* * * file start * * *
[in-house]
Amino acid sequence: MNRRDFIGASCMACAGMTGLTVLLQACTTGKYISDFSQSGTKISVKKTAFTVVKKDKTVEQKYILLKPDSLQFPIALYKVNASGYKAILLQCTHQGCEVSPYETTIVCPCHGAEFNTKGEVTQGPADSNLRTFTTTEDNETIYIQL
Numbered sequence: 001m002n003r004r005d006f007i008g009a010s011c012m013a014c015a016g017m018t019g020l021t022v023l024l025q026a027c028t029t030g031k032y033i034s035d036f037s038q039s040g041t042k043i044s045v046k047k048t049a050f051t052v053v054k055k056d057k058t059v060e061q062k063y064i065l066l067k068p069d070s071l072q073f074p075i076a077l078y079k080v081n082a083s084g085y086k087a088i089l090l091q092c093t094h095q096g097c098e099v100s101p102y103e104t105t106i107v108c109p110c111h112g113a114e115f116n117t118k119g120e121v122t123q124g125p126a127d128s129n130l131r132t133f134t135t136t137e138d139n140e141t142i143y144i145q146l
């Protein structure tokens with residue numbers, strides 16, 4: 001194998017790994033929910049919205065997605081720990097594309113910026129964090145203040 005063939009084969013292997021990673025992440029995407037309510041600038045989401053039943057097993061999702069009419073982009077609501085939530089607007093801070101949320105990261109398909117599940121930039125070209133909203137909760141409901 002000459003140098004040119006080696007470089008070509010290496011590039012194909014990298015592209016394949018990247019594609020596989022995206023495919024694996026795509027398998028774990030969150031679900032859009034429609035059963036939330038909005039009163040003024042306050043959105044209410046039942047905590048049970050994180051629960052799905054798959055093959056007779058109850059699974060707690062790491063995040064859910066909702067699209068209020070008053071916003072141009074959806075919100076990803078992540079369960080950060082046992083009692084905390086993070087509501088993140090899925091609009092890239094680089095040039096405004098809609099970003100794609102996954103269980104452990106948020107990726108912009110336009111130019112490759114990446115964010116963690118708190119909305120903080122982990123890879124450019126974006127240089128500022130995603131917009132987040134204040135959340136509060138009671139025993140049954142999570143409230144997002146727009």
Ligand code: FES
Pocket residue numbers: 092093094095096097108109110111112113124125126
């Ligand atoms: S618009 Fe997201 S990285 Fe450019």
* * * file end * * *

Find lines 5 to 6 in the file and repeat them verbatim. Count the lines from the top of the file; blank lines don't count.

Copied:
Ligand code: FES
Pocket residue numbers: 092093094095096097108109110111112113124125126